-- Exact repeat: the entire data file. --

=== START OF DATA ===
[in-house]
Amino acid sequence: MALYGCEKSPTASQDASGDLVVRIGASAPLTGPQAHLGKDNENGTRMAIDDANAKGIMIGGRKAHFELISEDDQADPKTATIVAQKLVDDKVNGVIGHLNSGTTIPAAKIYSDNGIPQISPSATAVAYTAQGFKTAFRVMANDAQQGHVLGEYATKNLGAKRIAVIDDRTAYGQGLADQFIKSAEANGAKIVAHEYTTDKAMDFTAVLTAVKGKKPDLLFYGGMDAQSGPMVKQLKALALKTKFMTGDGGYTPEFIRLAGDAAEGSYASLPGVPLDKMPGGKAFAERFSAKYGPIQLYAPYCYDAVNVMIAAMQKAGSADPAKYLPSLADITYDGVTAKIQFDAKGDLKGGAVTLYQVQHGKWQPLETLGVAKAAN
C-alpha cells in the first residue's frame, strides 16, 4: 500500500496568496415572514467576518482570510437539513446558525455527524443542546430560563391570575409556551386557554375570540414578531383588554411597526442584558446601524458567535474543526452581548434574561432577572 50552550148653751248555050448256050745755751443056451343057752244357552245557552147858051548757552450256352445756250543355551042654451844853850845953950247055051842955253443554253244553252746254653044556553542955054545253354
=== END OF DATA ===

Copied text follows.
[in-house]
Amino acid sequence: MALYGCEKSPTASQDASGDLVVRIGASAPLTGPQAHLGKDNENGTRMAIDDANAKGIMIGGRKAHFELISEDDQADPKTATIVAQKLVDDKVNGVIGHLNSGTTIPAAKIYSDNGIPQISPSATAVAYTAQGFKTAFRVMANDAQQGHVLGEYATKNLGAKRIAVIDDRTAYGQGLADQFIKSAEANGAKIVAHEYTTDKAMDFTAVLTAVKGKKPDLLFYGGMDAQSGPMVKQLKALALKTKFMTGDGGYTPEFIRLAGDAAEGSYASLPGVPLDKMPGGKAFAERFSAKYGPIQLYAPYCYDAVNVMIAAMQKAGSADPAKYLPSLADITYDGVTAKIQFDAKGDLKGGAVTLYQVQHGKWQPLETLGVAKAAN
C-alpha cells in the first residue's frame, strides 16, 4: 500500500496568496415572514467576518482570510437539513446558525455527524443542546430560563391570575409556551386557554375570540414578531383588554411597526442584558446601524458567535474543526452581548434574561432577572 50552550148653751248555050448256050745755751443056451343057752244357552245557552147858051548757552450256352445756250543355551042654451844853850845953950247055051842955253443554253244553252746254653044556553542955054545253354